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Justice Department cracks down on Amazon sellers’ DVD price-fixing scheme

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The collaborators pleaded guilty yesterday

Illustration by Alex Castro / The Verge

The Justice Department has charged three men with a DVD and Blu-ray price-fixing operation run through the Amazon Marketplace. The men — Morris Sutton, Emmanuel Hourizadeh, and Raymond Nouvahian — pleaded guilty yesterday to violating criminal antitrust laws under the Sherman Act for a scheme that lasted from 2017 to 2019.

Sutton, Hourizadeh, and Nouvahian collaborated with each other (as well as other unnamed parties, at least one of which has also pleaded guilty) across several US states to make buyers pay more for movie discs from Amazon’s third-party Marketplace storefronts. A set of plea agreements offer a few more details about the plot, which resulted in Sutton selling at least $360,000 worth of DVDs and Blu-rays over the course of two years while Hourizadeh and Nouvahian took in at least $1.1 million. The conspirators communicated with each other to eliminate competition and raise prices, a legal violation that carries up to 10 years in prison and a $1 million fine.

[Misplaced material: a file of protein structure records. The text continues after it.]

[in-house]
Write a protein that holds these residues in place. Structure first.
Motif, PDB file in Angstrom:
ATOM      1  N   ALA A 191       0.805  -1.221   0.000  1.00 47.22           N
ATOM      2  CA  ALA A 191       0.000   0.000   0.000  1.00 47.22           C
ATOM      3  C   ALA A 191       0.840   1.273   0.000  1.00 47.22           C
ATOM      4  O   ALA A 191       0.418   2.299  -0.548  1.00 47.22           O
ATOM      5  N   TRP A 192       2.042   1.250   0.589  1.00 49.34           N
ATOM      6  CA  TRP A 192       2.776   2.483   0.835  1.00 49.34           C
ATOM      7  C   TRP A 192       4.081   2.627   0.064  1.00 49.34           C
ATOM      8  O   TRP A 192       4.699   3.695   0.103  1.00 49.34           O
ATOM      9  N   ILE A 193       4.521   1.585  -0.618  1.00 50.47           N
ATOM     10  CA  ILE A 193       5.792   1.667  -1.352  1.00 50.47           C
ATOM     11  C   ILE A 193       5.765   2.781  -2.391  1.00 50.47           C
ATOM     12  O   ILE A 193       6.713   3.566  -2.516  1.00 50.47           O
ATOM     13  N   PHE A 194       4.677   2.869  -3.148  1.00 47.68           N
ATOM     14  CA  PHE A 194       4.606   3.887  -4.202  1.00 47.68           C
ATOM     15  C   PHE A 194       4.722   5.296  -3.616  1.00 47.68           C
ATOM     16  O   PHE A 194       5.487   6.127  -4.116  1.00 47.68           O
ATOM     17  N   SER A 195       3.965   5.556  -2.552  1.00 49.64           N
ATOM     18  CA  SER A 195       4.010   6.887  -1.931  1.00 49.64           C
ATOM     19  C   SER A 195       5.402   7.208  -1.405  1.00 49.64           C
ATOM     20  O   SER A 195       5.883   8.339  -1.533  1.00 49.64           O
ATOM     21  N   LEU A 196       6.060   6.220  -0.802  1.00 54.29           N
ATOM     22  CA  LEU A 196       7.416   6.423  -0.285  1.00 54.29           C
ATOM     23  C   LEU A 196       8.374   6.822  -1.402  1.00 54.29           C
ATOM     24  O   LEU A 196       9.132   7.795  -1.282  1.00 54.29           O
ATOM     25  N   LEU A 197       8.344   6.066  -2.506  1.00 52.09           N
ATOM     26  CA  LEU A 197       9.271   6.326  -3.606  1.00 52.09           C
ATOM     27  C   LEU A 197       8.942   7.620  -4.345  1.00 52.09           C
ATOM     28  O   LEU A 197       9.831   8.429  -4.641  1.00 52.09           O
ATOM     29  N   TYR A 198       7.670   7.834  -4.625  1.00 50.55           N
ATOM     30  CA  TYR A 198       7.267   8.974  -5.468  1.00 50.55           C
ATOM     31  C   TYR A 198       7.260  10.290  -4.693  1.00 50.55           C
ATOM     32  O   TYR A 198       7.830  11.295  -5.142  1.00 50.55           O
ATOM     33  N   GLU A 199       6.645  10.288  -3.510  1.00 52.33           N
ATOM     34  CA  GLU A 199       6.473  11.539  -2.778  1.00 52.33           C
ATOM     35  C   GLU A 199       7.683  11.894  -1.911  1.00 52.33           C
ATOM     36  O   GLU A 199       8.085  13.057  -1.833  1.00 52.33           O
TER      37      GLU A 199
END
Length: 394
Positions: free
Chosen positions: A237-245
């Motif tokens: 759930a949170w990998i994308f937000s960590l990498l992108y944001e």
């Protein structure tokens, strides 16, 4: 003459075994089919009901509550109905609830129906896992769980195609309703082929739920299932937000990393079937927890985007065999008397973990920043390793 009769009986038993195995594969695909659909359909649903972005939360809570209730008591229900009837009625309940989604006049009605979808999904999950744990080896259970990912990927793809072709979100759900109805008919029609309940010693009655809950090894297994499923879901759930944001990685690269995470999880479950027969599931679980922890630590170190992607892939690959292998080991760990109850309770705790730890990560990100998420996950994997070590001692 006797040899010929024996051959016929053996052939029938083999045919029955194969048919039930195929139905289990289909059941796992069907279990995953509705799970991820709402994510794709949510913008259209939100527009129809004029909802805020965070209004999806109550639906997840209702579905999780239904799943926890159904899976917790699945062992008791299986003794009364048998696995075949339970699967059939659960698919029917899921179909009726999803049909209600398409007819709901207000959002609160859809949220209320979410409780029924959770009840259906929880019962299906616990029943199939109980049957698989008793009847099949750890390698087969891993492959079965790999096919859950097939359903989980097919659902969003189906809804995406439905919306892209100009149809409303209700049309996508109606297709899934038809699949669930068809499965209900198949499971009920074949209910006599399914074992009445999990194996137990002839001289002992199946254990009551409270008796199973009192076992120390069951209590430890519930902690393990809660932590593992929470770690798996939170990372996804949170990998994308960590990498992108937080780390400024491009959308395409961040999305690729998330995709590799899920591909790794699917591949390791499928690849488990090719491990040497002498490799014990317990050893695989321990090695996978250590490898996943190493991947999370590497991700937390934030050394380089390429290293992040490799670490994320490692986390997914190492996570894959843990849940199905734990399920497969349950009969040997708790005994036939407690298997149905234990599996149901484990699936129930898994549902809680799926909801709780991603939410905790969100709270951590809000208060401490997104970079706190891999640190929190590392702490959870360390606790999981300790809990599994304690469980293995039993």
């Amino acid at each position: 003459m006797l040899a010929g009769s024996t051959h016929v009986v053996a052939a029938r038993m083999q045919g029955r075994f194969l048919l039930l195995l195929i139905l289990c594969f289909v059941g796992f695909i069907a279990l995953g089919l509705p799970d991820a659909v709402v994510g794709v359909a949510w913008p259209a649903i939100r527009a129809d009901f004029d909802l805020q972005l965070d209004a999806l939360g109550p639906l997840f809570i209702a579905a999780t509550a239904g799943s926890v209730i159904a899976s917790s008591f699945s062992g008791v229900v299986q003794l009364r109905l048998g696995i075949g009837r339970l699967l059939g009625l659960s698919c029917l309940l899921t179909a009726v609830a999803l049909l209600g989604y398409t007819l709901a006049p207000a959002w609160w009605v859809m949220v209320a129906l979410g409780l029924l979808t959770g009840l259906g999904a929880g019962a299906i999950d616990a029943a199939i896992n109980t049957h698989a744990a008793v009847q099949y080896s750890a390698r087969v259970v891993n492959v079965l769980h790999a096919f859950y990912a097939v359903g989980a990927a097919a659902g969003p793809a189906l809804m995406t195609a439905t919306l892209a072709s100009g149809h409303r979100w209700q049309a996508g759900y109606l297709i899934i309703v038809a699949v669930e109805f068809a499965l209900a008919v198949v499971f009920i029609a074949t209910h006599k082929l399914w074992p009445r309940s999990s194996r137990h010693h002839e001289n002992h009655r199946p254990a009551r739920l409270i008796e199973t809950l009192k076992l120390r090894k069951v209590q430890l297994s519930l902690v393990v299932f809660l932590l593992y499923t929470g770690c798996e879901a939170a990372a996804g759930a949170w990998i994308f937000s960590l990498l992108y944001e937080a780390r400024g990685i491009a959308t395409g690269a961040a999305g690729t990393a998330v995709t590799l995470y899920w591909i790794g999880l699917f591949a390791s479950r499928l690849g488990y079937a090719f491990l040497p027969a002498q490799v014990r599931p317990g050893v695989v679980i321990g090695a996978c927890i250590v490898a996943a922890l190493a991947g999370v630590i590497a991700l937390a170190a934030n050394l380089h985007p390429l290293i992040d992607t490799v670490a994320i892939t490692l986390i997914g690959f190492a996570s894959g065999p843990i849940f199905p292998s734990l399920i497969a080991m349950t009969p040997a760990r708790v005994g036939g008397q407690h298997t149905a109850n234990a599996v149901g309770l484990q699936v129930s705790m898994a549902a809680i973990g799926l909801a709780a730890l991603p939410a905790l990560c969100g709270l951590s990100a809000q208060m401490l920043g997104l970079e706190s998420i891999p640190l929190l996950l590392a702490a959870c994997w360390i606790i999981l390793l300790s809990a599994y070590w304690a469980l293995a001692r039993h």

In a statement, Assistant Attorney General Jonathan Kanter called the plea deals part of a larger commitment to protecting competition in online sales. “As American consumers increasingly turn to e-commerce, it is critically important to deter, detect and prosecute crimes that prevent fair and open competition in online marketplaces,” said Kanter. “These charges demonstrate the Antitrust Division’s continued commitment to prosecuting anticompetitive conduct wherever it may occur.”

Kanter is known as a prominent critic of potentially monopolistic online platforms. Before being confirmed as the antitrust division head in President Joe Biden’s Justice Department, he represented Yelp and Microsoft in cases alleging anti-competitive behavior by Google, and alongside Federal Trade Commission Chair Lina Khan, he’s presided over government antitrust investigations of several “Big Tech” companies. The Amazon price-fixing charges illustrate another avenue for the department to crack down on pieces of these platforms, even when the companies behind them aren’t directly implicated.